A retired sea captain says he was unhappy about the emphasis being placed on the wearing of a safety harness in an investigation into the death of a fisherman.
Jose Alberto Nova Vareiro was involved in deploying nets into the Atlantic Ocean to fish for prawns when he fell overboard and drowned on June 30th 2016.
Dingle-based company Iasc Geal Teoranta, which owns the trawler, has pleaded not guilty to three charges of breaching the Safety, Health and Welfare at Work Act.
Captain Neil Forde, who has 24 years’ experience and is now retired from the Marine Survey Office, told Tralee Circuit Court that a safety certificate would have been issued for Cu na Mara after a thorough investigation; he said the vessel was well maintained and managed.
He apologised for presenting a report he carried out on the fatal incident at the start of the trial but he said information contained in it had been passed onto investigating Health and Safety Authority inspector David Barry verbally on at least two occasions.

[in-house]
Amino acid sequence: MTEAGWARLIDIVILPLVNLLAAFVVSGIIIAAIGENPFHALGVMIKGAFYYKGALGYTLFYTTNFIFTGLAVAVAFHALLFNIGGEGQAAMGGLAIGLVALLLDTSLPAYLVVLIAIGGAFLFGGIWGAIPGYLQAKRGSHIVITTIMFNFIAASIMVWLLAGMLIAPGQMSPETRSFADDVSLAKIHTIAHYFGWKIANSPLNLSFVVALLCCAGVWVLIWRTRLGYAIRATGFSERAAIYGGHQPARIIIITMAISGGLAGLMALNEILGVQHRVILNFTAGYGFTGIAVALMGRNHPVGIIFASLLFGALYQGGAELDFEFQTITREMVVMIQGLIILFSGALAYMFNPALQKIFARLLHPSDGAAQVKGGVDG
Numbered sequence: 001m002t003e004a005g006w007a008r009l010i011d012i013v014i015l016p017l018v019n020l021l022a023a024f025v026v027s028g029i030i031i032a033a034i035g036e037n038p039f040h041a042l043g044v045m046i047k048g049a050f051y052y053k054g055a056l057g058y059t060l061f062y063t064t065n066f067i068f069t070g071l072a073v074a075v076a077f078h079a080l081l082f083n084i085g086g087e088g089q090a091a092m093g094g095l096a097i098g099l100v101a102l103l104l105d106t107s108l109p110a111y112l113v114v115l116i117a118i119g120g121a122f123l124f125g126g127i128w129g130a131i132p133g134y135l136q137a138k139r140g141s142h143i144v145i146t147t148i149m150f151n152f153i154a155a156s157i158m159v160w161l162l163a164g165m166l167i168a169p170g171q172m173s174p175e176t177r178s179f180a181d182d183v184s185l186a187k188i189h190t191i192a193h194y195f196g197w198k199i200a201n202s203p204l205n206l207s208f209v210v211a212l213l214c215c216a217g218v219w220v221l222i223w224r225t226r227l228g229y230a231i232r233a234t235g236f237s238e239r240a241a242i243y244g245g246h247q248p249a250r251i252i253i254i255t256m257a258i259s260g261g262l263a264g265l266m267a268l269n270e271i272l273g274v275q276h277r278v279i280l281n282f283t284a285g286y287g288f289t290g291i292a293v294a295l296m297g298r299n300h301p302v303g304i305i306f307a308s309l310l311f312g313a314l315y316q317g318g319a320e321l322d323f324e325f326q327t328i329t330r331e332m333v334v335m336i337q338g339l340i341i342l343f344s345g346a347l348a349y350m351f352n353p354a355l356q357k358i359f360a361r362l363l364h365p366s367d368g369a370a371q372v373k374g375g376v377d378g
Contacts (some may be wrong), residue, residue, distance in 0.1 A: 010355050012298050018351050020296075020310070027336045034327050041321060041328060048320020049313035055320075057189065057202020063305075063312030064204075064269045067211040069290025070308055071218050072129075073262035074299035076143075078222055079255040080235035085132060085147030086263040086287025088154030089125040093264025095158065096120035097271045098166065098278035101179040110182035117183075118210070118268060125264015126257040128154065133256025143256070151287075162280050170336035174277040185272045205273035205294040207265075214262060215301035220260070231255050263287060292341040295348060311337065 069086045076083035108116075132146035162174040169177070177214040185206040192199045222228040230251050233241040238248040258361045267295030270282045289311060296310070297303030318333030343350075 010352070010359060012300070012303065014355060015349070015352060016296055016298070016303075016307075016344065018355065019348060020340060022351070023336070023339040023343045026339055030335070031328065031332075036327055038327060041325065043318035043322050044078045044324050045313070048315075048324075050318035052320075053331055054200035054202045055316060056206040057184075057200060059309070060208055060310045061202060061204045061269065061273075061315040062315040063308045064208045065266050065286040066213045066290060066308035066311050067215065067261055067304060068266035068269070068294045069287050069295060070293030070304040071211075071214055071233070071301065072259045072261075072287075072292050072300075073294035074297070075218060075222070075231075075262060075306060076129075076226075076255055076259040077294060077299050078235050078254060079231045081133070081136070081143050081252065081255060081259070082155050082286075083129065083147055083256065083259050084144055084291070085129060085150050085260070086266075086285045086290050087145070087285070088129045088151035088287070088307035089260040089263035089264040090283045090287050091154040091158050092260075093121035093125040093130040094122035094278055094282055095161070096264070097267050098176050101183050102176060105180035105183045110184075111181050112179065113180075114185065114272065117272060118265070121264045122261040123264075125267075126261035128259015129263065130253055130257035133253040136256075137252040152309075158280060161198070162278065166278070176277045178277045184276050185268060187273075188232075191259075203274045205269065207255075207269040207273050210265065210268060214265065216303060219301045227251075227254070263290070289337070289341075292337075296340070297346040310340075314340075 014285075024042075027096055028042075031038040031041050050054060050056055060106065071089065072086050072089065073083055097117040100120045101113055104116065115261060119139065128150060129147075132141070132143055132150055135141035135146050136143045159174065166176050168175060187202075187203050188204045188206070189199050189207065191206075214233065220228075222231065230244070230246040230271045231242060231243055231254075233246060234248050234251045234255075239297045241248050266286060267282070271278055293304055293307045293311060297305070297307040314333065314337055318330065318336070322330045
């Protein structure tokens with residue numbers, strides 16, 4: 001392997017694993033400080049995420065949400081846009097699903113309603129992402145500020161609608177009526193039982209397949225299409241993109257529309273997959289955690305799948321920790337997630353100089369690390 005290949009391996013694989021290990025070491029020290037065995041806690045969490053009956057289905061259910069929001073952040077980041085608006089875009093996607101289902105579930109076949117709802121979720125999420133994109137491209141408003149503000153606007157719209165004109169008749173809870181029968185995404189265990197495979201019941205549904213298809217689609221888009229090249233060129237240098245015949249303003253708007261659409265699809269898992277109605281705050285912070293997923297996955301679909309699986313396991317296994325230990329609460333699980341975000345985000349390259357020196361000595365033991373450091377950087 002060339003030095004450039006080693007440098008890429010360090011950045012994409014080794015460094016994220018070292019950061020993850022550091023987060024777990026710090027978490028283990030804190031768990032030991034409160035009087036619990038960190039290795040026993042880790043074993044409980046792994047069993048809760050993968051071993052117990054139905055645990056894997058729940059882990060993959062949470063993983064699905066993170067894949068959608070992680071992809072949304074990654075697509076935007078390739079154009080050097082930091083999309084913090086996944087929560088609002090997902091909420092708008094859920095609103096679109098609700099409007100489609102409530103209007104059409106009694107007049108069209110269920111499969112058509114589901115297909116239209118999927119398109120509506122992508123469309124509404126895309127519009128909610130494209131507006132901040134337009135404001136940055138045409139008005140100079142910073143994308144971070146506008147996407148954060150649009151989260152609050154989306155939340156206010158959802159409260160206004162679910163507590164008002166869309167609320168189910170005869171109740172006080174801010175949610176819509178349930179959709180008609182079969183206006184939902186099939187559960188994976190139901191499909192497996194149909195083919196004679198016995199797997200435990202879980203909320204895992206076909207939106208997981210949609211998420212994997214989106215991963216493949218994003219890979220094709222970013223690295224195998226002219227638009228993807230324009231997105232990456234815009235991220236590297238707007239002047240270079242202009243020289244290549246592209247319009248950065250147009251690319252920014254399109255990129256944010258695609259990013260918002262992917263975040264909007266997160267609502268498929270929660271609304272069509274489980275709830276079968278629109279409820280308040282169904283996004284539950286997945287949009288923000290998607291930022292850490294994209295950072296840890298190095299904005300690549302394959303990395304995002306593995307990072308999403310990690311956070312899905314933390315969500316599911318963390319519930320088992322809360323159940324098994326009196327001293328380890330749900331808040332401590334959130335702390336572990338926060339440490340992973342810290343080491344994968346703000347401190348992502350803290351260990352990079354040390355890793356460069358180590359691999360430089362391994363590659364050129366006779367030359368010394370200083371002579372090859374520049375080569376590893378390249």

Mr Forde said he was not happy about the emphasis being placed on the safety harness and he had told Mr Barry he was wrong about the need to wear it.
Mr Forde agreed he was concerned about a risk of an injustice being done in the case and only found out the trial was going ahead by accident.
Mr Forde said that a safety harness would have prevented Jose Alberto Nova Vareiro falling overboard however using the harness where revolving drums and wires are present would have been more hazardous.
Mr Forde said fishermen need to move quickly and freely; he said lots of fishermen are nervous of such a device as a result.
He said he wouldn’t expect any fisherman to tie himself on at the rear of the Cu na Mara and agreed to insist on wearing a harness was not reasonable or practicable in this situation.